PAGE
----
Medical center officials, family unveil Karl R. Potach Pediatric Clinic
Published 10:32 am Thursday, April 17, 2014
‘It’s all designed for kids’
By Jason Schoonover and Eric Johnson
Karl R. Potach’s legacy continues to live on in Austin.
Karl succumbed to cancer in 1997 before his fifth birthday, but on Wednesday night his parents, Dr. Kurt and Brenda Potach, and Mayo Clinic Health System officials unveiled the Karl R. Potach Pediatric Clinic on the third floor of the medical center.
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“Thank you to all our friends, donors and people we haven’t met yet that made this possible,” Kurt said. “It’s been an amazing journey and not all of it has been very easy. In fact, very little has been easy. There’s been so much love and support from our family and friends.”
The pediatric wing has served local families for several months after being built as part of the $28-million, 85,600-square-foot Mayo Clinic Health System expansion unveiled last January. But the finishing touches have just been made through $220,000 of additional amenities to make the space more appealing to youngsters. The amenities are similar to ones Karl appreciated while receiving treatment for Wilms, a pediatric cancer.
The space includes a 240-gallon fish tank built by Midwest Custom Aquariums in Starbuck, Minn., and a wood paneling on the ceiling that Mark Ciota, M.D., CEO at Mayo Clinic Health System – Albert Lea and Austin, said was designed to feel a little smaller and more inviting to children.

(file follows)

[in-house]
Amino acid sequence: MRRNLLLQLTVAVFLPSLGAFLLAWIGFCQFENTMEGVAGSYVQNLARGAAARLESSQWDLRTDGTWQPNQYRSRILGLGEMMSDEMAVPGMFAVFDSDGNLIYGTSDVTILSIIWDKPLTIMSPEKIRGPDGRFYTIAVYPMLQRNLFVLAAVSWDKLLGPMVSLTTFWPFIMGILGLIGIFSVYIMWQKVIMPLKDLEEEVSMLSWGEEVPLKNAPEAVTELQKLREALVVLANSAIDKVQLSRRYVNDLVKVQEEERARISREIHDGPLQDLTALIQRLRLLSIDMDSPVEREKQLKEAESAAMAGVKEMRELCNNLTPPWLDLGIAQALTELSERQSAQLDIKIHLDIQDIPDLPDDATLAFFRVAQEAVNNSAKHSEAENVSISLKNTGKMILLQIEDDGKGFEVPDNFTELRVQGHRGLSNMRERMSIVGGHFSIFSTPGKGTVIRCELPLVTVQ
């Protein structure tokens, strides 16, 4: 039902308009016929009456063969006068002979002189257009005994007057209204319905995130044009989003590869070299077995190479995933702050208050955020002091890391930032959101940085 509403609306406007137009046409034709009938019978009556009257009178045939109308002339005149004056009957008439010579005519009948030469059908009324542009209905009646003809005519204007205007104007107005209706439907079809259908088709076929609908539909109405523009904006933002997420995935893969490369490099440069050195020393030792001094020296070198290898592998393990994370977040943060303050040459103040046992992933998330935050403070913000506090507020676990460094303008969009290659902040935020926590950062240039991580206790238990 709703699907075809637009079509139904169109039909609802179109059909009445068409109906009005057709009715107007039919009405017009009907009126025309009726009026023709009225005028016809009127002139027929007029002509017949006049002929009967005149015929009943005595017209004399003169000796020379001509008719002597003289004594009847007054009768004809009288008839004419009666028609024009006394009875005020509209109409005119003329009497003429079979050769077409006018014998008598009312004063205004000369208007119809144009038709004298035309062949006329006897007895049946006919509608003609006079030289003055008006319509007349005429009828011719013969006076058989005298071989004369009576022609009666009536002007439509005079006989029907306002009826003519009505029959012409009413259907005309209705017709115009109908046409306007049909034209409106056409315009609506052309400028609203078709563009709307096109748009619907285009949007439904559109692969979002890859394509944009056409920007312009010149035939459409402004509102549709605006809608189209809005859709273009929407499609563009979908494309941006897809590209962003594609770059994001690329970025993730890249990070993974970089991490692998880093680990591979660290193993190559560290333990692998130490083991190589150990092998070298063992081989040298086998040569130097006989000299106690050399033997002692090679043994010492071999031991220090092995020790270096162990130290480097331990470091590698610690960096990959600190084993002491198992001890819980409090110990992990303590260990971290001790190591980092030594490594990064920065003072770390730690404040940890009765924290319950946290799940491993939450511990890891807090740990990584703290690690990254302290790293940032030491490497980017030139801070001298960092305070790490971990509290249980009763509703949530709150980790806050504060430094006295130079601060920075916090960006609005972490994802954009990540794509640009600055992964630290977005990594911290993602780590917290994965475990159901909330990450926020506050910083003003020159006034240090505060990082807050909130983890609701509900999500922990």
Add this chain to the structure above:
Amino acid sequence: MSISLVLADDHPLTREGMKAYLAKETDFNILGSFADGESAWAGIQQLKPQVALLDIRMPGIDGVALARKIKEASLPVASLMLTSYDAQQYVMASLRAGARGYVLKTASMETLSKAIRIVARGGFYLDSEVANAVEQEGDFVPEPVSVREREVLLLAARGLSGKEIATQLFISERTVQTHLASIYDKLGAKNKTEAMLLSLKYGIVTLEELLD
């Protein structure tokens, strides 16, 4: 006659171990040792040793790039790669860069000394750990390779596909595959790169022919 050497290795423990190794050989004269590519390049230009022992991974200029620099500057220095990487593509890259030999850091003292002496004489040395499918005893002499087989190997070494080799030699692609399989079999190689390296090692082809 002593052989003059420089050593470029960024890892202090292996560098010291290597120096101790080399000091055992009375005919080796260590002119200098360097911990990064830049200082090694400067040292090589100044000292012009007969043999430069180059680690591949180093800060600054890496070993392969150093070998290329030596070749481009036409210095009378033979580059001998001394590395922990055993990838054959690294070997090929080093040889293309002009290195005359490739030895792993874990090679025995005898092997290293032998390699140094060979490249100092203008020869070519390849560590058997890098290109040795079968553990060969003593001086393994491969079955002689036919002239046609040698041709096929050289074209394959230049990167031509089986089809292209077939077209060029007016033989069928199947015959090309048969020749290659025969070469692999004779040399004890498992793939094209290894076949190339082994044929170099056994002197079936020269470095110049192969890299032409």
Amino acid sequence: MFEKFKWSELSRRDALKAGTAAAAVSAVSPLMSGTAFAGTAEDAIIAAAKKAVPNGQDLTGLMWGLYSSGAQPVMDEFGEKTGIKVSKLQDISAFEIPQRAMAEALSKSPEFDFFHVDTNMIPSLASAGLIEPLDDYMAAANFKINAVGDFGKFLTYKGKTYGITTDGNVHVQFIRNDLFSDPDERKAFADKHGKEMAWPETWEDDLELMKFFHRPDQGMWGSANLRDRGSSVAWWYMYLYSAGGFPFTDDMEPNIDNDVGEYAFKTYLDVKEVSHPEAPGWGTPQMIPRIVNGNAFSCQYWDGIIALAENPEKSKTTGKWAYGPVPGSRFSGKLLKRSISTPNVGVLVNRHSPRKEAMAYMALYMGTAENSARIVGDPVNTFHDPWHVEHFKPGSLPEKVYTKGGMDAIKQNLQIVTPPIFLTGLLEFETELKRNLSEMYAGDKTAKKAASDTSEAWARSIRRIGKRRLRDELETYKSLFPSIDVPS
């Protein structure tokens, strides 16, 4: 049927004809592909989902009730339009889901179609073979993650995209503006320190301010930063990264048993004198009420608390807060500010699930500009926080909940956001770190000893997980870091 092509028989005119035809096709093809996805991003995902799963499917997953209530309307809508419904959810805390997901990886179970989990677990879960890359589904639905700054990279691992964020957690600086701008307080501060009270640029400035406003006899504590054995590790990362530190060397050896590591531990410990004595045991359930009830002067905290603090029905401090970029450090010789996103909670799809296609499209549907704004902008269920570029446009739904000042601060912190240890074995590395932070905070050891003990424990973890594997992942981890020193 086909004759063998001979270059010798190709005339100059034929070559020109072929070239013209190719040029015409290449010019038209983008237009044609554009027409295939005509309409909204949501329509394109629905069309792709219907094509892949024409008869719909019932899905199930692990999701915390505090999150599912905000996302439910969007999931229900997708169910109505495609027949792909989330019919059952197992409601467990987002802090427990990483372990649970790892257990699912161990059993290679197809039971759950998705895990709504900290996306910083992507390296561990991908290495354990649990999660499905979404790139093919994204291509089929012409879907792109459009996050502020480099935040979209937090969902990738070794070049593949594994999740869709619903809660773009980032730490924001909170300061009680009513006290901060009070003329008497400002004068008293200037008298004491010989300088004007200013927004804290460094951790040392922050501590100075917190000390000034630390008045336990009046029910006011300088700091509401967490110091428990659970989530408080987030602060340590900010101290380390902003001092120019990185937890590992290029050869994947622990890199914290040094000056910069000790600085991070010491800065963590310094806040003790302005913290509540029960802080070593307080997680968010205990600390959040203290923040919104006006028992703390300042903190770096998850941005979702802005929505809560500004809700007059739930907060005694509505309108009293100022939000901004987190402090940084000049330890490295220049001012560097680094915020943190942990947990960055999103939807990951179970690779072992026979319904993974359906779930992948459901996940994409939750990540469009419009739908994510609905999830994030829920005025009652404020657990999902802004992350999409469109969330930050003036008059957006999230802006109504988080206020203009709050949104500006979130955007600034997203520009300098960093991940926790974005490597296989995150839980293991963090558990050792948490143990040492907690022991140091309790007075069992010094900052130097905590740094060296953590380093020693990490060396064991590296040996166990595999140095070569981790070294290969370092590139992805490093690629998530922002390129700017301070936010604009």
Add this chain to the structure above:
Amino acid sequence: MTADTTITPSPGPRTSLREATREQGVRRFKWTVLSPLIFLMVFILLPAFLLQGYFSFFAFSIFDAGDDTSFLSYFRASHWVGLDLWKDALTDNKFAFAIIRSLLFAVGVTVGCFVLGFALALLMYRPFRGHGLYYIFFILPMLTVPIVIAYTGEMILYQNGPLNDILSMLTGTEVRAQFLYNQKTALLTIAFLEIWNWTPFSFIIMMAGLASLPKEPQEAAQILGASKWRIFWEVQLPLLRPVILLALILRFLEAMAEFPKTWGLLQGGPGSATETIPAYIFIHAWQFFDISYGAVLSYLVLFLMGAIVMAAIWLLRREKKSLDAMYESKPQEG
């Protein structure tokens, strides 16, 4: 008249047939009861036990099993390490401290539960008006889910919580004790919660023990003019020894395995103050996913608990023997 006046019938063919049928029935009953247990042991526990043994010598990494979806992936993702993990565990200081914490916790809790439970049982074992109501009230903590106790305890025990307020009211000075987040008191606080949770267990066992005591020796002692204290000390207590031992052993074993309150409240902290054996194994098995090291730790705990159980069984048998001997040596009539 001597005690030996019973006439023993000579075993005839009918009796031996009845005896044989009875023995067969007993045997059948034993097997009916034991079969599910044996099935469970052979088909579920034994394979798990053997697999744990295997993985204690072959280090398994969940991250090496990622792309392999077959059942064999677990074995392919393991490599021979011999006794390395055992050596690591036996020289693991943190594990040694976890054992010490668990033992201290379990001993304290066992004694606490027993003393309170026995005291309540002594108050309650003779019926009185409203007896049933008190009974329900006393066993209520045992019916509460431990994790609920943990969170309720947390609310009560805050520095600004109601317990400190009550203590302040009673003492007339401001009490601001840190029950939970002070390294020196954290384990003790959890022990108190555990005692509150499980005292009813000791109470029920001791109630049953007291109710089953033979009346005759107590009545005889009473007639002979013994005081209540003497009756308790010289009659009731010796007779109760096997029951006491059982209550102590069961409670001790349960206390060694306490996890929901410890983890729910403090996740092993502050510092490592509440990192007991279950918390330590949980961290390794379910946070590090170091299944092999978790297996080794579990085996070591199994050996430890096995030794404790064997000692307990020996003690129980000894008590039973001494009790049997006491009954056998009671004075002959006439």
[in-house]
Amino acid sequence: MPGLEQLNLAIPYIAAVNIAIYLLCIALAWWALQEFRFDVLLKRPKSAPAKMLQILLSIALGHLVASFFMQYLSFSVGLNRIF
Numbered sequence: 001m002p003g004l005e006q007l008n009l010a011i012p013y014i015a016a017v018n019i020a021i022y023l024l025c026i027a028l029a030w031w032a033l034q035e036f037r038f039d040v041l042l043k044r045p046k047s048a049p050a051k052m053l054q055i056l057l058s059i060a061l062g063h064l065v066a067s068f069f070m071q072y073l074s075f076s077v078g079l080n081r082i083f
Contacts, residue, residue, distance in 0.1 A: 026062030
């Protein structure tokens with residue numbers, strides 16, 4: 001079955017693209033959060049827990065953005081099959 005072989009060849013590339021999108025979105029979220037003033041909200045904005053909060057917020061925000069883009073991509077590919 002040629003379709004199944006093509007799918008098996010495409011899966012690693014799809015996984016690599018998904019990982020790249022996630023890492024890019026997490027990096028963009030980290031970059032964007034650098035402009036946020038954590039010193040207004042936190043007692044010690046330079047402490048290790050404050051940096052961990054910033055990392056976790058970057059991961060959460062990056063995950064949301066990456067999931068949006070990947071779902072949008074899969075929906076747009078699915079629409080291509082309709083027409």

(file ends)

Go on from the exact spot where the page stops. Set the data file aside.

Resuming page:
“We know they’re here because they’re not feeling well, and the whole idea is to provide an environment that’s soothing, which just helps with healing,” Ciota said.
Doug Moser of Morris, Minn., completed some of the woodwork and crafted a butterfly-themed entrance to the clinic, according to Ciota. Butterflies were important to Karl and his family during his battle with cancer, as he was given a jar with two cocoons and loved watching the jar each day before the butterflies emerged.
Local photographer John Duren’s wildlife photography is featured in the hallways of the clinic.
“It’s all designed for kids,” Ciota said.
The space will also feature an interactive touch screen connecting to the Minnesota Zoo, which will show a live feed of several animals. The feed isn’t up yet, but Ciota expects it to be live on Monday.
“Karl had an interest in animals, so that was the idea: How can we bring live animals up to the clinic?” Ciota said. “So this was a novel idea.”
The pediatric wing is triple the size of the old clinic with 17 exam rooms compared to eight before, according to Ciota. Some of the $250,000 was also used to buy new equipment for the clinic’s four pediatricians and their staff.
The Potach family created the Karl R. Potach Foundation and hosts an annual golf tournament in their son’s name. Kurt gave much of the credit to his wife, Brenda.
“Brenda is the unsung heroine of this story,” said Kurt about his wife during the time Karl battled cancer. “Brenda was the glue that held us together. I couldn’t be more proud.”
To read more about the foundation and Karl’s story, visit www.karlpotachfoundation.com.